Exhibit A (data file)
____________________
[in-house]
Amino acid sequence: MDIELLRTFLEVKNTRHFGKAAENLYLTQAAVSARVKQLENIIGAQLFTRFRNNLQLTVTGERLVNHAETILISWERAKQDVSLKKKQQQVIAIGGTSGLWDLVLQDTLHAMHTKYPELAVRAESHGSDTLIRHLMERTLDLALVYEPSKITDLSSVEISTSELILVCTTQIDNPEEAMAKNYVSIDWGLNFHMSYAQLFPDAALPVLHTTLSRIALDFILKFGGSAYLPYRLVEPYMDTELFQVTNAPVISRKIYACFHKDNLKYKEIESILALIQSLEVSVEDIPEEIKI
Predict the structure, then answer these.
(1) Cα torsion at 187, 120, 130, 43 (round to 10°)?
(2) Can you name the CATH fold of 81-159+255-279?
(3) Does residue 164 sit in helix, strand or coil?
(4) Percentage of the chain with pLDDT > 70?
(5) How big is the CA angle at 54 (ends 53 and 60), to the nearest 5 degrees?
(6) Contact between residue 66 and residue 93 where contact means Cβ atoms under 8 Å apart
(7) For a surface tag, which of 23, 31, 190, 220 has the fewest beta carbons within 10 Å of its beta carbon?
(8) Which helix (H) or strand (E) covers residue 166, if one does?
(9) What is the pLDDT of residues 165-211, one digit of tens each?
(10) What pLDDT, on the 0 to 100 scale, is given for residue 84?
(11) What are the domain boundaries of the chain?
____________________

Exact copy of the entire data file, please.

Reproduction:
[in-house]
Amino acid sequence: MDIELLRTFLEVKNTRHFGKAAENLYLTQAAVSARVKQLENIIGAQLFTRFRNNLQLTVTGERLVNHAETILISWERAKQDVSLKKKQQQVIAIGGTSGLWDLVLQDTLHAMHTKYPELAVRAESHGSDTLIRHLMERTLDLALVYEPSKITDLSSVEISTSELILVCTTQIDNPEEAMAKNYVSIDWGLNFHMSYAQLFPDAALPVLHTTLSRIALDFILKFGGSAYLPYRLVEPYMDTELFQVTNAPVISRKIYACFHKDNLKYKEIESILALIQSLEVSVEDIPEEIKI
Predict the structure, then answer these.
(1) Cα torsion at 187, 120, 130, 43 (round to 10°)?
(2) Can you name the CATH fold of 81-159+255-279?
(3) Does residue 164 sit in helix, strand or coil?
(4) Percentage of the chain with pLDDT > 70?
(5) How big is the CA angle at 54 (ends 53 and 60), to the nearest 5 degrees?
(6) Contact between residue 66 and residue 93 where contact means Cβ atoms under 8 Å apart
(7) For a surface tag, which of 23, 31, 190, 220 has the fewest beta carbons within 10 Å of its beta carbon?
(8) Which helix (H) or strand (E) covers residue 166, if one does?
(9) What is the pLDDT of residues 165-211, one digit of tens each?
(10) What pLDDT, on the 0 to 100 scale, is given for residue 84?
(11) What are the domain boundaries of the chain?